Higher up, in the mid-canopy and canopy, there is plenty to look for. Among the more interesting species we may see are Red-billed, Chestnut-breasted, Black-bellied, Chestnut-bellied and Raffles’s Malkohas, Scarlet-rumped, Red-naped and the beautiful Diard’s Trogons, Banded, Rufous-collared and Rufous-backed Dwarf Kingfishers, Banded, Black-and-yellow, Dusky and Green Broadbills, Fiery Minivet and Rufous-tailed Shama. Woodpeckers are also a prominent feature of the park, ranging from the diminutive Rufous Piculet to the giant White-bellied Woodpecker, and also including Common Goldenback, Rufous, Checker-throated, Crimson-winged, Buff-necked, Grey-and-buff, Maroon and Sunda Woodpeckers, whilst flycatchers include Pied Fantail, Black-naped Monarch, Rufous-winged Flycatcher, Asian Paradise Flycatcher and the elusive Grey-chested Flycatcher.
We will also spend time exploring the swamps and open forest along the Way Kanan river. We shall explore up-river, either travelling in small dug-out canoes, if conditions allow, or on foot to a larger swamp. Our main goal here is the endangered and elusive White-winged Duck, which still survives in small numbers. It is thought the birds are mainly nocturnal, raiding the adjacent paddyfields under cover of darkness to feed. Strangely, many of the individuals at Way Kambas are partly albino.
Other birds we may see close to the river include Lesser and Grey-headed Fish Eagles, the bizarrely-shaped Silver-rumped Swift, Blue-eared and Stork-billed Kingfishers, Pink-necked and Cinnamon Green Pigeons (the latter a surprisingly difficult species to catch up with anywhere else), Black-and-red Broadbill (with its amazing two-tone bill), Malaysian Blue Flycatcher and White-chested Babbler, and with luck we will find an Oriental Darter or a Jerdon’s Baza.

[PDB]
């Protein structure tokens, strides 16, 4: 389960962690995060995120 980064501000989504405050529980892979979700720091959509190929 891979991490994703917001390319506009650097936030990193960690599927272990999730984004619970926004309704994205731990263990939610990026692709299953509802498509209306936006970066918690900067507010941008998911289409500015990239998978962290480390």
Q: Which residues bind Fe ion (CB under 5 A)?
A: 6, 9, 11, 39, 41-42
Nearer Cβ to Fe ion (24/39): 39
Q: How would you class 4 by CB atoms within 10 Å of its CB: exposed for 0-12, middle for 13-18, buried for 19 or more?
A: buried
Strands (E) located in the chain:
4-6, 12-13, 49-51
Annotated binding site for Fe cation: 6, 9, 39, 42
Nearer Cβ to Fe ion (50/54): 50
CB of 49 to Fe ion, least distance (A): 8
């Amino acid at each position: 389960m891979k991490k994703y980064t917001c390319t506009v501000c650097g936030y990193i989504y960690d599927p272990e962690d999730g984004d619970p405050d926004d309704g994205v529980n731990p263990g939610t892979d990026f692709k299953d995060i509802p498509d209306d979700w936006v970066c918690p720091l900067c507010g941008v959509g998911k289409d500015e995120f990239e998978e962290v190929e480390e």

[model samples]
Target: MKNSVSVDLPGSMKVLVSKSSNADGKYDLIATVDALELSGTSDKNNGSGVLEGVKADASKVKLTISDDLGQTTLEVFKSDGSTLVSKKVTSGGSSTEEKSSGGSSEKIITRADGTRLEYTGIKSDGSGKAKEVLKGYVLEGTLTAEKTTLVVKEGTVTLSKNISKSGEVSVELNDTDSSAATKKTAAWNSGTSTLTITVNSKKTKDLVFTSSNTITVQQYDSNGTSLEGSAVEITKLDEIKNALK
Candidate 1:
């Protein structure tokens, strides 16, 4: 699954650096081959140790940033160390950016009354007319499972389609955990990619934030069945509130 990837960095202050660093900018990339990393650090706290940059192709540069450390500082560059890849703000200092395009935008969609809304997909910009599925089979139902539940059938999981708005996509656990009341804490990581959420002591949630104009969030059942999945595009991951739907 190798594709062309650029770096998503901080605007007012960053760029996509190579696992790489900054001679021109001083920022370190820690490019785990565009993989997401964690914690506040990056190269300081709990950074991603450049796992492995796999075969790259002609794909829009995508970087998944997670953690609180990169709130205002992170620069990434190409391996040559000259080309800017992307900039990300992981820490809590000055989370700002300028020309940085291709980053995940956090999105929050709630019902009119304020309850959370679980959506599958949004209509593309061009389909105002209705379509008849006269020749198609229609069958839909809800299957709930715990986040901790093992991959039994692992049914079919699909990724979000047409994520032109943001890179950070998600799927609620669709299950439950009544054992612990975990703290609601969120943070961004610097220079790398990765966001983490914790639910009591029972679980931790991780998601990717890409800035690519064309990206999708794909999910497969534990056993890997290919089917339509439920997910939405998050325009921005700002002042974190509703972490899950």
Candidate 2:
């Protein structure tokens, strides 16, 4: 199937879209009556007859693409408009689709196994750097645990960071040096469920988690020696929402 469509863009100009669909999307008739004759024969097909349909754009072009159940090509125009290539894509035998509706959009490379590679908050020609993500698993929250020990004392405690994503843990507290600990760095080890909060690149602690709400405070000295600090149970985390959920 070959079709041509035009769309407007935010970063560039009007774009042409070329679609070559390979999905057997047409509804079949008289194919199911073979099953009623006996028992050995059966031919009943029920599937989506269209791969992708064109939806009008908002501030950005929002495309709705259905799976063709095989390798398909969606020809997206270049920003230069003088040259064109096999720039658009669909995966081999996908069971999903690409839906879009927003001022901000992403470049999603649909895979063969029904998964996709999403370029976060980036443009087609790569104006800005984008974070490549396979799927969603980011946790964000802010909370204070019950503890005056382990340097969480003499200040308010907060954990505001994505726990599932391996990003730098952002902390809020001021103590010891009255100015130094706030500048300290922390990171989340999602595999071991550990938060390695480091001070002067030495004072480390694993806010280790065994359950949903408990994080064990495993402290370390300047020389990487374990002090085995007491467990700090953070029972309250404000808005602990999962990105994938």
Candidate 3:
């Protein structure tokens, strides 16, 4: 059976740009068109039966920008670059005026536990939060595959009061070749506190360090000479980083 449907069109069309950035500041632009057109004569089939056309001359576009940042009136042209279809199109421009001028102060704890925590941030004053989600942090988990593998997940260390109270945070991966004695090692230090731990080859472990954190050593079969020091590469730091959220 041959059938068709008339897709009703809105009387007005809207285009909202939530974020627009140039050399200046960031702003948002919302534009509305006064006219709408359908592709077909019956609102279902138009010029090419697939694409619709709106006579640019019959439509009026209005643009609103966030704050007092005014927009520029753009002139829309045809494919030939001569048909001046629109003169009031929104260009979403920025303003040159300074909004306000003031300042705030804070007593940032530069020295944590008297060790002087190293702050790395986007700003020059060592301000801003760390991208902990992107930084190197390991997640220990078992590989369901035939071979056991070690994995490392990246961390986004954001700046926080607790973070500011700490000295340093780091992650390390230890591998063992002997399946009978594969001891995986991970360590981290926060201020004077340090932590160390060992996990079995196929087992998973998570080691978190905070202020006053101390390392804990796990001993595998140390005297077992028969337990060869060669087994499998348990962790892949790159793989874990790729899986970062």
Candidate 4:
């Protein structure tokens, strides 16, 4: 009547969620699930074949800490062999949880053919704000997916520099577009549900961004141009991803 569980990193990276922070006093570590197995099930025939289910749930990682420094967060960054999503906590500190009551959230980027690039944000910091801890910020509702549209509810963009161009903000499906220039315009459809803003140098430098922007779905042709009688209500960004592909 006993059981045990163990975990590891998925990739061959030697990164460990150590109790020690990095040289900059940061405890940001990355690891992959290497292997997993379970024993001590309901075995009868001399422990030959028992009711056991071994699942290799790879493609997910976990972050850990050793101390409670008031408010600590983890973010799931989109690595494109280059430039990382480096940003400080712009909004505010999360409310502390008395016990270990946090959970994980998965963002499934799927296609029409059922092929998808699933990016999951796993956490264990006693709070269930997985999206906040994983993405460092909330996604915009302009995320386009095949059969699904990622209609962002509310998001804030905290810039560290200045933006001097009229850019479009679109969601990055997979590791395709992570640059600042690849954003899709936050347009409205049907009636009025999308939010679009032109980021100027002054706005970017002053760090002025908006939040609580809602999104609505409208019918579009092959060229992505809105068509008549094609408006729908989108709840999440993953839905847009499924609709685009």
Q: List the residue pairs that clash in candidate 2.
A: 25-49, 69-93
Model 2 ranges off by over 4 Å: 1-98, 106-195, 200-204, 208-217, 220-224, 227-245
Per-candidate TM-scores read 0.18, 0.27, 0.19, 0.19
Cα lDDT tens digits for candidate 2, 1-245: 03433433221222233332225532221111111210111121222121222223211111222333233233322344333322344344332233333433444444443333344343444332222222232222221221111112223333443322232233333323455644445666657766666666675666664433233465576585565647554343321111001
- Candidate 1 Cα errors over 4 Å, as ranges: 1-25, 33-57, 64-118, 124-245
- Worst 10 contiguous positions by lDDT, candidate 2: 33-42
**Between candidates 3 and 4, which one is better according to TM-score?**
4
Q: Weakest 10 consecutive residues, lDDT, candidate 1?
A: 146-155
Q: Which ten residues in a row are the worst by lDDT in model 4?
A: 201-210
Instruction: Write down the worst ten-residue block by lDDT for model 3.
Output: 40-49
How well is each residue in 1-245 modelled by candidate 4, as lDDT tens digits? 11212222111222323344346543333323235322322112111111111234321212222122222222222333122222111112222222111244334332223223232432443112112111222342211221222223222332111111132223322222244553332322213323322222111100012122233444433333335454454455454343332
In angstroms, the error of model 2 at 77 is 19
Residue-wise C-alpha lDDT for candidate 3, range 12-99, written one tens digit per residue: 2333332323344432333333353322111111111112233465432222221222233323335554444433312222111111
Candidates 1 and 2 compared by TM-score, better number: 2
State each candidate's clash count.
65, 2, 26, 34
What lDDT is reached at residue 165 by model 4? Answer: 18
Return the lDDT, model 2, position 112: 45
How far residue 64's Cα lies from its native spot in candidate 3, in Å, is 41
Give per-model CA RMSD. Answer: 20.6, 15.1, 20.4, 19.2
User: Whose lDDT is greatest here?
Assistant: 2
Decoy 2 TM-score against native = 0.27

Way Kambas is an excellent locality for nocturnal species. During our pre-dawn forays into the forest we may see, amongst others, Reddish Scops Owl, Brown Hawk Owl, Brown Wood Owl and the stunning Oriental Bay Owl as well as Gould’s, Sunda and even Large Frogmouths, though all of these can be frustratingly difficult to spot amongst the dense foliage. In addition, Malaysian Eared Nightjars are often a prominent feature around the clearing at dawn and dusk, and we have a good chance of seeing the rare and little known Sundaic-endemic Bonaparte’s Nightjar.
Other species we may well see at Way Kambas during our stay include White-bellied Sea Eagle, Crested Serpent Eagle, Changeable Hawk-Eagle, Black-thighed Falconet, Emerald Dove, Zebra Dove, Banded Bay, Rusty-breasted, Plaintive, Violet and Drongo Cuckoos, Greater Coucal, Asian Palm Swift, Whiskered Treeswift, White-throated Kingfisher, Dollarbird, Black Hornbill, Scarlet Minivet, Black-winged Flycatcher-Shrike, Green Iora, Greater Green, Lesser Green and Blue-winged Leafbirds, Olive-winged, Cream-vented, Red-eyed, Spectacled, Hairy-backed, Yellow-bellied and Buff-vented Bulbuls, Bronzed and Greater Racket-tailed Drongos, Dark-throated Oriole, Asian Fairy Bluebird, Slender-billed Crow, Black Magpie, Velvet-fronted Nuthatch, Black-capped, Short-tailed, Ferruginous, Sooty-capped, Scaly-crowned, Rufous-crowned, Moustached, Chestnut-rumped and Chestnut-winged Babblers, Chestnut-backed Scimitar-Babbler, Striped Tit-Babbler, Oriental Magpie-Robin, White-rumped Shama, White-crowned Forktail, Flyeater, Ashy and Rufous-tailed Tailorbirds, Yellow-bellied Prinia, White-breasted Wood-Swallow, Hill Myna, Plain, Purple-naped, Ruby-cheeked and Crimson Sunbirds, Little Spiderhunter, Crimson-breasted, Yellow-breasted and Orange-bellied Flowerpeckers, White-bellied Munia and, with luck, the Sundaic-endemic Javan Munia.